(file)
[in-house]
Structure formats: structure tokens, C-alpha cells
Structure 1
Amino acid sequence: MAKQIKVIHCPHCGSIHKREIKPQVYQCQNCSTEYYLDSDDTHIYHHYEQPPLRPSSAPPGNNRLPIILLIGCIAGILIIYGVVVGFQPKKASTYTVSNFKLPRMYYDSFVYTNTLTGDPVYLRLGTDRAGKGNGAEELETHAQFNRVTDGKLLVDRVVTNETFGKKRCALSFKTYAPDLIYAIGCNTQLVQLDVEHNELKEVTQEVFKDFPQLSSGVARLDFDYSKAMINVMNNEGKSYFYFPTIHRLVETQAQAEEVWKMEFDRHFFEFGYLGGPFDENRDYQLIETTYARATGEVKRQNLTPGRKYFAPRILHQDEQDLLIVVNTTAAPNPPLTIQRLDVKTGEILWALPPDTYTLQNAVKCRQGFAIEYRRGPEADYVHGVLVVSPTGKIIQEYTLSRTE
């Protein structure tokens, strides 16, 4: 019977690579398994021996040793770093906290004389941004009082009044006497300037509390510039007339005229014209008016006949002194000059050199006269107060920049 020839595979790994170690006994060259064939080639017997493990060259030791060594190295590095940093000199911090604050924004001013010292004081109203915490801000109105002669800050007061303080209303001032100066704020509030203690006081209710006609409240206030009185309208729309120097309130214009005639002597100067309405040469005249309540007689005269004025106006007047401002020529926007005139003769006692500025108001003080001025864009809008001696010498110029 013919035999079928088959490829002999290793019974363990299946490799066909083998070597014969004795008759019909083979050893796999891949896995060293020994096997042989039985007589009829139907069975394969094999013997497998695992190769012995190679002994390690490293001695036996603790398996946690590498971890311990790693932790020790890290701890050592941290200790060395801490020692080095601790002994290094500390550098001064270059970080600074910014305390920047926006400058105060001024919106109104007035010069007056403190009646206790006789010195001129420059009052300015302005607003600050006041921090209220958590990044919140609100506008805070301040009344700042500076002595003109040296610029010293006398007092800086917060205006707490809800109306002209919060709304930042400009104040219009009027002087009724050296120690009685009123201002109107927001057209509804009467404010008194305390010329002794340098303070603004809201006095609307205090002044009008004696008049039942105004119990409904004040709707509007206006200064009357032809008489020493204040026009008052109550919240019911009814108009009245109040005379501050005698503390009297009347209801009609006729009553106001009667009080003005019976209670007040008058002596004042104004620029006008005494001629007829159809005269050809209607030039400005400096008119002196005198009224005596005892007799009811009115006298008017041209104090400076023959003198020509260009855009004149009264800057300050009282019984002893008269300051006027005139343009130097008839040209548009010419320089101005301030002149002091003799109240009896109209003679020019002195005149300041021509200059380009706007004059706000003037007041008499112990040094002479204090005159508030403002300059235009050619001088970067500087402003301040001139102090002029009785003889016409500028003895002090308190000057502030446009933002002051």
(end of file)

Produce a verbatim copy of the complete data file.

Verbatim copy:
[in-house]
Structure formats: structure tokens, C-alpha cells
Structure 1
Amino acid sequence: MAKQIKVIHCPHCGSIHKREIKPQVYQCQNCSTEYYLDSDDTHIYHHYEQPPLRPSSAPPGNNRLPIILLIGCIAGILIIYGVVVGFQPKKASTYTVSNFKLPRMYYDSFVYTNTLTGDPVYLRLGTDRAGKGNGAEELETHAQFNRVTDGKLLVDRVVTNETFGKKRCALSFKTYAPDLIYAIGCNTQLVQLDVEHNELKEVTQEVFKDFPQLSSGVARLDFDYSKAMINVMNNEGKSYFYFPTIHRLVETQAQAEEVWKMEFDRHFFEFGYLGGPFDENRDYQLIETTYARATGEVKRQNLTPGRKYFAPRILHQDEQDLLIVVNTTAAPNPPLTIQRLDVKTGEILWALPPDTYTLQNAVKCRQGFAIEYRRGPEADYVHGVLVVSPTGKIIQEYTLSRTE
């Protein structure tokens, strides 16, 4: 019977690579398994021996040793770093906290004389941004009082009044006497300037509390510039007339005229014209008016006949002194000059050199006269107060920049 020839595979790994170690006994060259064939080639017997493990060259030791060594190295590095940093000199911090604050924004001013010292004081109203915490801000109105002669800050007061303080209303001032100066704020509030203690006081209710006609409240206030009185309208729309120097309130214009005639002597100067309405040469005249309540007689005269004025106006007047401002020529926007005139003769006692500025108001003080001025864009809008001696010498110029 013919035999079928088959490829002999290793019974363990299946490799066909083998070597014969004795008759019909083979050893796999891949896995060293020994096997042989039985007589009829139907069975394969094999013997497998695992190769012995190679002994390690490293001695036996603790398996946690590498971890311990790693932790020790890290701890050592941290200790060395801490020692080095601790002994290094500390550098001064270059970080600074910014305390920047926006400058105060001024919106109104007035010069007056403190009646206790006789010195001129420059009052300015302005607003600050006041921090209220958590990044919140609100506008805070301040009344700042500076002595003109040296610029010293006398007092800086917060205006707490809800109306002209919060709304930042400009104040219009009027002087009724050296120690009685009123201002109107927001057209509804009467404010008194305390010329002794340098303070603004809201006095609307205090002044009008004696008049039942105004119990409904004040709707509007206006200064009357032809008489020493204040026009008052109550919240019911009814108009009245109040005379501050005698503390009297009347209801009609006729009553106001009667009080003005019976209670007040008058002596004042104004620029006008005494001629007829159809005269050809209607030039400005400096008119002196005198009224005596005892007799009811009115006298008017041209104090400076023959003198020509260009855009004149009264800057300050009282019984002893008269300051006027005139343009130097008839040209548009010419320089101005301030002149002091003799109240009896109209003679020019002195005149300041021509200059380009706007004059706000003037007041008499112990040094002479204090005159508030403002300059235009050619001088970067500087402003301040001139102090002029009785003889016409500028003895002090308190000057502030446009933002002051």